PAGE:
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Former CJN Tanko faces inquest as Senate insists on probe over judiciary crisis



The Senate, on Tuesday, insisted that the investigation into the activities of former Chief Justice of Nigeria (CJN), Tanko Muhammad, will proceed.

Sen. Opeyemi Bamidele (APC-Ekiti) chairman of the Senate Committee on Judiciary, Human Rights, and Legal Matters, had earlier made a motion on a matter of urgent public importance.

“State of Affairs in the Supreme Court of Nigeria and Demand by Justices of the Court” was the title of the motion.

On June 22, the Senate had ordered the Committee on Judiciary, Human Rights, and Legal Matters to investigate the crisis roiling the judiciary immediately.

After the motion was moved, the senate decided to give the committee permission to proceed with its task of engaging with key parties to try and come up with a long-term solution.

This is done in an effort to resolve the issues the Supreme Court Justices raised in their petition.

The committee was also given permission by the Senate to communicate with the pertinent parties in the three branches of government, at the Bar, and on the Bench.

Bamidele had earlier stated that the resolution was being moved in accordance with Rules 41 and 51 of the Senate Standing Orders and that inadequate judicial officer welfare would negatively impact the delivery of the judiciary in terms of their production and prohibit them from performing at their best.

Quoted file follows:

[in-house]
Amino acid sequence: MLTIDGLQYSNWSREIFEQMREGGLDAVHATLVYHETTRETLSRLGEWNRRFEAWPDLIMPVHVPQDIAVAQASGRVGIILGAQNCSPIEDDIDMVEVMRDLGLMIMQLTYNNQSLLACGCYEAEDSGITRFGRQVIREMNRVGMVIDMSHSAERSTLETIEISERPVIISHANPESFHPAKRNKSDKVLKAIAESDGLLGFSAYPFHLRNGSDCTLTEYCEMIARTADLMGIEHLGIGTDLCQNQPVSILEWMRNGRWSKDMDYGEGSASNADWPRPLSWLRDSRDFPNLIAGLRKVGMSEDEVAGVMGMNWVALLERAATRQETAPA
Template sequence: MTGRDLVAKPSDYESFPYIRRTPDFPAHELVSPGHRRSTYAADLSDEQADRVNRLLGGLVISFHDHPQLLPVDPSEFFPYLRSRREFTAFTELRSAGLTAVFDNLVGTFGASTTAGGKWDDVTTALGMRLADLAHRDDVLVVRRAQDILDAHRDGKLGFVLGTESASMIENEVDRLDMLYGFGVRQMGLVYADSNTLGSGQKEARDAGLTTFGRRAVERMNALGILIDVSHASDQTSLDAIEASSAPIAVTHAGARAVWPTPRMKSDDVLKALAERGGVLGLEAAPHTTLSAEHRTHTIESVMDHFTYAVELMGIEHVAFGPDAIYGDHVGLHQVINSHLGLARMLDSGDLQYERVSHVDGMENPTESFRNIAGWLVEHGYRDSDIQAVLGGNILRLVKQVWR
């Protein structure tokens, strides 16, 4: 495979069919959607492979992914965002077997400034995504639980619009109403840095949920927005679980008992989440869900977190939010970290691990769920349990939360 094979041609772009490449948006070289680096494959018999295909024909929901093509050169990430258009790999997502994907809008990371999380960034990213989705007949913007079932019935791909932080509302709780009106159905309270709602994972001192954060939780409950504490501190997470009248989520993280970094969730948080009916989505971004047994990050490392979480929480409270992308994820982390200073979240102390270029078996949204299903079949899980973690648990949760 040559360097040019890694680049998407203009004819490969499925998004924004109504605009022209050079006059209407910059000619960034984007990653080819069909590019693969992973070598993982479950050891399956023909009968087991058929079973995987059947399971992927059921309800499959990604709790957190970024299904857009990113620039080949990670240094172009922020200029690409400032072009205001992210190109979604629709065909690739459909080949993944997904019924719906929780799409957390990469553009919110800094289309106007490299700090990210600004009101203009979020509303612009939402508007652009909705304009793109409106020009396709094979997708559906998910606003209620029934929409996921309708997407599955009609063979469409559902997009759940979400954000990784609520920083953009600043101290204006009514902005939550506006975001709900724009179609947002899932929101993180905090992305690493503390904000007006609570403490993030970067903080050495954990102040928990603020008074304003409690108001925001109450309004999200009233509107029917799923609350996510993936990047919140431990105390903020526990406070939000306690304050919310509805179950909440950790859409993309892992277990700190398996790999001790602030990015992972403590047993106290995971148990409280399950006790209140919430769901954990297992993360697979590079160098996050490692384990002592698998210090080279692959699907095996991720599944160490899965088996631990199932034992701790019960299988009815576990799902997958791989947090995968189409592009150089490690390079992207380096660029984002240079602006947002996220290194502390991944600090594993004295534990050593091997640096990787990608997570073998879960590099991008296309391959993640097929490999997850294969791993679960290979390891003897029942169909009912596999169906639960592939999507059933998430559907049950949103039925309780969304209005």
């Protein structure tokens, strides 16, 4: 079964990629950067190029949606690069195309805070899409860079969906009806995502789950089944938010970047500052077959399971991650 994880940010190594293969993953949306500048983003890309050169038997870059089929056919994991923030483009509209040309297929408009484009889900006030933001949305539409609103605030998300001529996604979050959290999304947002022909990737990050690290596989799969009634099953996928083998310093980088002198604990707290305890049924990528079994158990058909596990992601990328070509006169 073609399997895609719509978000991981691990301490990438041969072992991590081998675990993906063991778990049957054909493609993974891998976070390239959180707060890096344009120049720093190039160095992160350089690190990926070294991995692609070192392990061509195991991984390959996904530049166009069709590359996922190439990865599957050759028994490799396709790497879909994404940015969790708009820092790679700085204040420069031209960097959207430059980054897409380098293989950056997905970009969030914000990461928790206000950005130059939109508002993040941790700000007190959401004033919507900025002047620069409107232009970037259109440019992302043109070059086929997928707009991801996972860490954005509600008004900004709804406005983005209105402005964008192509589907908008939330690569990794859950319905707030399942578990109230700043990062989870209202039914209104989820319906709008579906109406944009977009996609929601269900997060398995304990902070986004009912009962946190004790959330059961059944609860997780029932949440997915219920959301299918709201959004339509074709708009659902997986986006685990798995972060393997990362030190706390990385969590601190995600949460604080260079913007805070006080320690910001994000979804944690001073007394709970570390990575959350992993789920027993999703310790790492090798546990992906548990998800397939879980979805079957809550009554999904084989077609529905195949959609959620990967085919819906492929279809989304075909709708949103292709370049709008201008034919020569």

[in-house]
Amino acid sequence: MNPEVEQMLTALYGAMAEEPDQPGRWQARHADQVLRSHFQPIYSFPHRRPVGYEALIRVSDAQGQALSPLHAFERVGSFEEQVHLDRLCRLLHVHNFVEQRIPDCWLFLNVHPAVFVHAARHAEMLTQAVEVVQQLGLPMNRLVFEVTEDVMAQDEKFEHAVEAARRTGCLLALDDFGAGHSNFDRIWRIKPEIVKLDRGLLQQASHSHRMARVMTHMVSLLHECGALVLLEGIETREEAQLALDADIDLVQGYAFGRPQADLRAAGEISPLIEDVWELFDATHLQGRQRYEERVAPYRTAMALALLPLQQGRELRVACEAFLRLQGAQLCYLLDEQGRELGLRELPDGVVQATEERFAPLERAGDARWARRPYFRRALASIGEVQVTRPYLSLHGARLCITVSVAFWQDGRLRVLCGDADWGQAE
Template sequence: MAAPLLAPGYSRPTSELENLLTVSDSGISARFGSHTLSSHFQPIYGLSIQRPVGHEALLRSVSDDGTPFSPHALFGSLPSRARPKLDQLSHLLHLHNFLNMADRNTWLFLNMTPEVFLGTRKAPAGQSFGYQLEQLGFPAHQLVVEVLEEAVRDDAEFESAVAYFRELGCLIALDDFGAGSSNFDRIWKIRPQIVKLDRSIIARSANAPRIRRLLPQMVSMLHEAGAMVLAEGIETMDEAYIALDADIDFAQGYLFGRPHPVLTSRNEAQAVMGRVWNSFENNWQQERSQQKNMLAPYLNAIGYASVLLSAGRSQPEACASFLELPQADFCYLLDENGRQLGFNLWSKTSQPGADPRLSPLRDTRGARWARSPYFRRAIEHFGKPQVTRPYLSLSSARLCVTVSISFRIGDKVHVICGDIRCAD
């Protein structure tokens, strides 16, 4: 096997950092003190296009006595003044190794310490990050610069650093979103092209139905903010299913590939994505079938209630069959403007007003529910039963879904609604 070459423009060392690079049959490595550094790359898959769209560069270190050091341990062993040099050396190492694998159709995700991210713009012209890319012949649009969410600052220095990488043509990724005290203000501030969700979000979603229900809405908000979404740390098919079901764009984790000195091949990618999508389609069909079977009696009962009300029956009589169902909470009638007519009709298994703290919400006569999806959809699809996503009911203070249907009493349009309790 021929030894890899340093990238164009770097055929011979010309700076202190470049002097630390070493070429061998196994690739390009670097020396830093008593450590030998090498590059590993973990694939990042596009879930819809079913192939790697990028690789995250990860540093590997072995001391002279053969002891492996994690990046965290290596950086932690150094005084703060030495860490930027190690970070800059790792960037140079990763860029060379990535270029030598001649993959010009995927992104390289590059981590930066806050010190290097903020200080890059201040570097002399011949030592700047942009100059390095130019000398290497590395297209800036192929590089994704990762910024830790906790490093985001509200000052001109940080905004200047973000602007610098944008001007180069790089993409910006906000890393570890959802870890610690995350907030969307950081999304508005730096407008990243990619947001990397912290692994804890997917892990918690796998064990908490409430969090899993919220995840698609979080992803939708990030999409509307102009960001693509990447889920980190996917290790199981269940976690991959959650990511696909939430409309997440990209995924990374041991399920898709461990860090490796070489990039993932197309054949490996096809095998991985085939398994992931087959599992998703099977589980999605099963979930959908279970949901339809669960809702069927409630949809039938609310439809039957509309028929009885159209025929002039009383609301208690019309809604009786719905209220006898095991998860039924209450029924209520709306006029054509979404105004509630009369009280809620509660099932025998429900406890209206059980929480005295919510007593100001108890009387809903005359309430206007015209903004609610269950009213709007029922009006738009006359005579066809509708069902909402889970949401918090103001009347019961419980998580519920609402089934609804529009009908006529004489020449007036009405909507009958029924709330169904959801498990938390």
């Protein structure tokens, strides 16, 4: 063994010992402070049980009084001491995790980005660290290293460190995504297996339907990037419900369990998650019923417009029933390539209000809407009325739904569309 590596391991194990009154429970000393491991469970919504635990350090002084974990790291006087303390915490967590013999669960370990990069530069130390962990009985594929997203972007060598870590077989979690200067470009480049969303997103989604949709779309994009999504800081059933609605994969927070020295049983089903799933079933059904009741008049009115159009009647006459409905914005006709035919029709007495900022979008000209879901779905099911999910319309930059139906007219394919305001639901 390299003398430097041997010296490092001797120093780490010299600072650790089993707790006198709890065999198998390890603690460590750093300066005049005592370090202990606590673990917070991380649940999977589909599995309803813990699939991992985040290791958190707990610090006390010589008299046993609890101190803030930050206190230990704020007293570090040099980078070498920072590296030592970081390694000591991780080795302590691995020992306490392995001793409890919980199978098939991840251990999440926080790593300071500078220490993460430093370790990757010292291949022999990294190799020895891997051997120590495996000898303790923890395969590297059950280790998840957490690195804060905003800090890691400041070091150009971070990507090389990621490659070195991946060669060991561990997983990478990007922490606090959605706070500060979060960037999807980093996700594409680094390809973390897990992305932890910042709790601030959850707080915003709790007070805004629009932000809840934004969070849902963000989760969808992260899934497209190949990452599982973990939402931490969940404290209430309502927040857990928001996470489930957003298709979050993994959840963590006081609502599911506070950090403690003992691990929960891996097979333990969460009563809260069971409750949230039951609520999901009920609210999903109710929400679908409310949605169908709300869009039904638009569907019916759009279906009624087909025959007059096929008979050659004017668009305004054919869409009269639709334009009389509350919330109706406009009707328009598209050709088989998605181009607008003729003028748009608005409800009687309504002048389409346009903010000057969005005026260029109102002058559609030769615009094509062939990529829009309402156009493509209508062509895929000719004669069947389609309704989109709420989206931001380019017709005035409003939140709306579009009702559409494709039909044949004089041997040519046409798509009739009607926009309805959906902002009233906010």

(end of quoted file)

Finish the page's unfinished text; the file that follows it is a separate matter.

Read also:Atiku lauds ex-CJN, Tanko, resignation, harps on principle of power separation

“The sacred image of the judiciary, which is the epicentre of the temple of justice should be preserved by the Senate through appropriate legislative measures in order to safeguard this highly revered institution and prevent it from being ridiculed,” he said.

The lawmaker who regretted the former CJN’s resignation said that “this development will not prevent the committee from going ahead with its assignment in the quest to find a probable lasting solution to the matter.

“Even though Muhammad has stepped down as CJN, most of the issues raised by the Justices of the Supreme Court and other stakeholders within the judiciary still remain and need to be addressed urgently to prevent an eventual shut-down of the Judiciary.”

Supporting the motion, Deputy Chief Whip, Sen. Sabi Abdullahi, said that “this motion will show clearly that the Senate is not unaware of the role it is supposed to play.

“Of course, in playing that role, we also respect separation of powers. Our concern is that the judiciary as an arm of government deserves all the support it needs been the last hope as far as the rule of law is concerned.”

In corroboration, Deputy Senate President, Ovie Omo-Agege said, “I am very embarrassed as a lawyer and also someone from the judicial family.

“Seeing that petition on the social media and eventually on the mainstream media, I was taken aback because it has never happened, it is unprecedented.

“There is no reason why the judiciary should lack anything financially.”

In his remarks President of the Senate, Ahmad Lawan, said that, “I can see most of the emphasis is on funding.

“When we look into the issues, they go beyond funding.

“We should look at other areas whether there is need to improve on the structures or having issues that may not be about funding but funding is of course a major issue.” Lawan said.

Recently, Muhammad, the former CJN, was accused of corruption by 14 Supreme Court Justices.

The Justices expressed their displeasure in a memo over the former CJN’s failure to pay legitimate entitlements.

Muhammad, the former CJN, reportedly left his office due to health reasons, on Monday.

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